Should we make any assumptions?

As testers we are often confronted with few or even no requirements at all. Shouldn’t we be wondering what the developer is going to build in such a situation? :thinking:

But more important, what is your strategy and how do you proceed in this situation?

For context, I am the founder of the ‘early Model Based Testing’ (eMBT) approach and the supported eMBT tool TestCompass and I’m keen to learn from you all.


Never Assume, it will make an ASS out of U and ME.
I keep asking for requirements or nothing will be tested nor will I give a GO.



Totally agree…

If we want to compare the required status and the actual status of the test object (= checking), we need a reference (=requirements). We cannot do the checking part without requirements. Just like we can’t this do without the SUT.


Indeed and this does not only count for functional requirements but also non-functional.

Such as for performance testing, whenever I meet a client they have no requirements at all. ‘It has to be fast’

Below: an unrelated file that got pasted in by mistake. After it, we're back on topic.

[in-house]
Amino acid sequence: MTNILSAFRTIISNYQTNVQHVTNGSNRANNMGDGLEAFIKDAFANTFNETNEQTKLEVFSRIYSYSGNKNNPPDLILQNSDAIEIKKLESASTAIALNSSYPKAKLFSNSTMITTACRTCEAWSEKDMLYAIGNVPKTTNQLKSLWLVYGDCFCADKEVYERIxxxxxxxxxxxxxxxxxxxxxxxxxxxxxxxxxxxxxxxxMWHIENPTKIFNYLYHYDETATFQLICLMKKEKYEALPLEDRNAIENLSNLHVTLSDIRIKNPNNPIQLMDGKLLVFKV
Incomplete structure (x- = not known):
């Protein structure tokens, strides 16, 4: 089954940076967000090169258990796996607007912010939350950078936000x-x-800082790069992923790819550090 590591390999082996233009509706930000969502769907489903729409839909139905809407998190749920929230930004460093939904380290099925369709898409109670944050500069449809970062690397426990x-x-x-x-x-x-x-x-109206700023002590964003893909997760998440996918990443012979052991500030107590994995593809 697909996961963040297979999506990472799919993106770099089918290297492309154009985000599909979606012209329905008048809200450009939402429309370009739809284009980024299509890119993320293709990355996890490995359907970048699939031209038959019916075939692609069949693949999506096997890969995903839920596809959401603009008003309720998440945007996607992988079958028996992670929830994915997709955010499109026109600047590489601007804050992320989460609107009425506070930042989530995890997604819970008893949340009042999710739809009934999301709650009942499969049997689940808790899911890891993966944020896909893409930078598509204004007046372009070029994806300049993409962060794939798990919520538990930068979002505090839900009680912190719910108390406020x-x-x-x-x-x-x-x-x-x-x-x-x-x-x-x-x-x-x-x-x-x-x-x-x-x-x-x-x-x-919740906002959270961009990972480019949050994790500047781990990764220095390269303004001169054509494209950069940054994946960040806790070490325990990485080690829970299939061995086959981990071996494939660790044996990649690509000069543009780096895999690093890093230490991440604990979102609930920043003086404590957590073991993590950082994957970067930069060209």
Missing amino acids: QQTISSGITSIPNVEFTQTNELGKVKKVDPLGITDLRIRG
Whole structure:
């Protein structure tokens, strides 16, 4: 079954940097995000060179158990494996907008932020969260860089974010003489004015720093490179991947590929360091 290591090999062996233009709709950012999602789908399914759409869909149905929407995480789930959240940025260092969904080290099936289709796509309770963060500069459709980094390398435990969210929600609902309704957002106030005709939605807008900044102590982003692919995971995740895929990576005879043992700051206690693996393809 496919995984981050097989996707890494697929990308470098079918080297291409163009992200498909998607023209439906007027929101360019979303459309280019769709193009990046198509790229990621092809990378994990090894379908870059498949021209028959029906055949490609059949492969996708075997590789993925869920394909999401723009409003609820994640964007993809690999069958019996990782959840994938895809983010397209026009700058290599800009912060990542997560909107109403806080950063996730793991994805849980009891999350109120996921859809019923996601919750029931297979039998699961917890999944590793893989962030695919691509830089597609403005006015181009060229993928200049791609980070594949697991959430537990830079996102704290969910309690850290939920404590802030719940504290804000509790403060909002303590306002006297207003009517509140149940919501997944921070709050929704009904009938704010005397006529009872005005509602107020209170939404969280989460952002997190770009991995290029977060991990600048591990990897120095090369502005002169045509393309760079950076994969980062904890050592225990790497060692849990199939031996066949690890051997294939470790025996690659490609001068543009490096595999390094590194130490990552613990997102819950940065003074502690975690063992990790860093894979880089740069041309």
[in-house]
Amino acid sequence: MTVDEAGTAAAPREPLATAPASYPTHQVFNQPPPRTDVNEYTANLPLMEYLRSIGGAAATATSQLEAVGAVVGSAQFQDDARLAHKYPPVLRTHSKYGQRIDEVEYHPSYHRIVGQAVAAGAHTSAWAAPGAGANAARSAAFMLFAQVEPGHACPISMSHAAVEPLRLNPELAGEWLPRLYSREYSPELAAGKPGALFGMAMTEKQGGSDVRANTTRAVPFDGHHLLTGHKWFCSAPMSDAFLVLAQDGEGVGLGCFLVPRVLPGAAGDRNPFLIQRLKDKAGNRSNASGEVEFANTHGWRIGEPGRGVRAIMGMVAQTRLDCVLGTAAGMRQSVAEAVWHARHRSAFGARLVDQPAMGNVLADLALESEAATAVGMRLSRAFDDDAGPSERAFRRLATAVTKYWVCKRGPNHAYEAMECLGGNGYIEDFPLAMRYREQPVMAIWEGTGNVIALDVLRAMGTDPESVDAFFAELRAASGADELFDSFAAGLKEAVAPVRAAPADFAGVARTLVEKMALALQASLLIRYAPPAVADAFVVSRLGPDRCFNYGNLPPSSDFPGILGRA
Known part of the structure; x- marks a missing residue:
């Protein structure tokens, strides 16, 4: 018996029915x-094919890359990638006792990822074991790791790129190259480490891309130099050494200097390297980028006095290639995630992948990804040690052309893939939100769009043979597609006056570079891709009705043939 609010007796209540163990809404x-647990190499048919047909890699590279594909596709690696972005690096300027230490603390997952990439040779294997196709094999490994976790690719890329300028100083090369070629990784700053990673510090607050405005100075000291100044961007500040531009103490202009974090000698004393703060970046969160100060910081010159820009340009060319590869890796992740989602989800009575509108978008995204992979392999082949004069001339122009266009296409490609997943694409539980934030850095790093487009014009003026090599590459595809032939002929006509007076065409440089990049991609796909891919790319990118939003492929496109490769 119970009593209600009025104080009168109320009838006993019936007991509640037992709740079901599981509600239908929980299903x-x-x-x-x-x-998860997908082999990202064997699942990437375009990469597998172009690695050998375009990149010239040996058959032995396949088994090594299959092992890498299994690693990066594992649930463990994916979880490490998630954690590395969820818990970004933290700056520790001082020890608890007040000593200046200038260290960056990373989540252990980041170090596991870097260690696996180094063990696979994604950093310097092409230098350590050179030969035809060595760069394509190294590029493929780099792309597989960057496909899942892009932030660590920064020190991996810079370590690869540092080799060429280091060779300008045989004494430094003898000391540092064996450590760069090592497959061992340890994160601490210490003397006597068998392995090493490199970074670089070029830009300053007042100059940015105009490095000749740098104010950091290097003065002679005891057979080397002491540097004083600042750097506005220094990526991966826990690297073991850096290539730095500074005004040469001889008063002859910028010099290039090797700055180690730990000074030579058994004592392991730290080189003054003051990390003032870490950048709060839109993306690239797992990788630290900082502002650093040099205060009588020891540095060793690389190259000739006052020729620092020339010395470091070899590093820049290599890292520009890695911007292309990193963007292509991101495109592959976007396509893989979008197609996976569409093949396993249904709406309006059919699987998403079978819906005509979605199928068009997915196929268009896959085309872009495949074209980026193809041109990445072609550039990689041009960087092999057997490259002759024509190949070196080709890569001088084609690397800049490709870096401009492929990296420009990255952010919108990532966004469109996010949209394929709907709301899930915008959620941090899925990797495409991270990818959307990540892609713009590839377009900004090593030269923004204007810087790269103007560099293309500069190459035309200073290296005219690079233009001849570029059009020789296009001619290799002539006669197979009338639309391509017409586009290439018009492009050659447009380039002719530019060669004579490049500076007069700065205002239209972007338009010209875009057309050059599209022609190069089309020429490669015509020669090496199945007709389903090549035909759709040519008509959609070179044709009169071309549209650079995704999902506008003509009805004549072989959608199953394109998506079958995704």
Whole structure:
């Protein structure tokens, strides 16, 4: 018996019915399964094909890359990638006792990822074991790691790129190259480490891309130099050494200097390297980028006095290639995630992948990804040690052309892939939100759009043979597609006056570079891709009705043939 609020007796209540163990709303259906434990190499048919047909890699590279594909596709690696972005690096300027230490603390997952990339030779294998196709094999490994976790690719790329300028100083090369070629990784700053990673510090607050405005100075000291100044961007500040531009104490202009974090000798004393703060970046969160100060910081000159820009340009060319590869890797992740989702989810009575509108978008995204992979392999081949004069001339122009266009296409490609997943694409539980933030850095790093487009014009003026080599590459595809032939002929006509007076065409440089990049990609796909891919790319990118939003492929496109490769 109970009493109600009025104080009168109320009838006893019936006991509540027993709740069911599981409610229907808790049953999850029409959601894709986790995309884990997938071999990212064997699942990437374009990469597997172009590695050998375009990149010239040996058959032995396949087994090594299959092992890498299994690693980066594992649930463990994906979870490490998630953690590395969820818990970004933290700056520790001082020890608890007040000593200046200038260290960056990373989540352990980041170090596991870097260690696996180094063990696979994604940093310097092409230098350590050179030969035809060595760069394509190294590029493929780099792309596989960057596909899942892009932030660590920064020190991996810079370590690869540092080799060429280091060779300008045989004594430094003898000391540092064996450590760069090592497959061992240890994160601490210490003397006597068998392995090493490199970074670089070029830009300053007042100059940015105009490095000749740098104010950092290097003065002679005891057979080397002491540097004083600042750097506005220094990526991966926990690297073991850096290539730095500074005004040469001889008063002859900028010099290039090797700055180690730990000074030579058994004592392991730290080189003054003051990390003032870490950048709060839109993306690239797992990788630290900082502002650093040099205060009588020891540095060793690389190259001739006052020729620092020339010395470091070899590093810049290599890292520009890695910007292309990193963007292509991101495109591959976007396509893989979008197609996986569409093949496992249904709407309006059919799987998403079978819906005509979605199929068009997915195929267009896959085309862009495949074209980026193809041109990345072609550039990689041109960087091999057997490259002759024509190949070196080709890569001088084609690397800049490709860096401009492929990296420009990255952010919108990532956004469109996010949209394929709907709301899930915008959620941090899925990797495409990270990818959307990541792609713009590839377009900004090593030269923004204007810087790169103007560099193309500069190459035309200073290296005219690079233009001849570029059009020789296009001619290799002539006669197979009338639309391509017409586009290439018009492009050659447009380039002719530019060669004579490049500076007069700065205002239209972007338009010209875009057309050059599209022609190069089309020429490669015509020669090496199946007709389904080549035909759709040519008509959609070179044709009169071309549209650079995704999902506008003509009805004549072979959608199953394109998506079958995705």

So often we test their performance based on what type of test they need but we do NOT say it’s fast nor slow. We just say ‘these are the results and without requirements we cannot define them’.


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He he. it’s a bit of a loaded question. As someone who has not been a tester that long, but have been a coder for long enough I have already a firm opinion on how assumptions around a product work.

And no I’m not talking about the tired old “build me a swing” meme - I mean this picture was a meme long before memes even existed.
…so I’m going to suggest testers look at the “entire product” more often than at just one piece, because models, integrations, environments, black, white and boundary analysis, performance, and expectations etc. all are tools in a box that inform us of the quality of a product. This last few weeks I have had a few assumptions of my own shattered. Due entirely to release pressures the testing squad have pushed back on testing work around new features and prioritized the testing of bugfixes and any committed to deadlines. A side effect of that was that devs have to do more of their own testing than usual. And this tweet by someone I have a crush on although I’m sure she is unaware of it, was my regular reminder.

The job of every tester is to spot assumptions in the wild, collect and corral them and then design useful experiments that prove or disprove the valuable ones. What tool we decide to use for that is always going to be context specific and rely on experience. Always assume that you can learn a new thing every day.


That’s exactly why I’ve wrote about checking in my post :wink:
Testing is indeed much more than just checking the requirements against the SUT.

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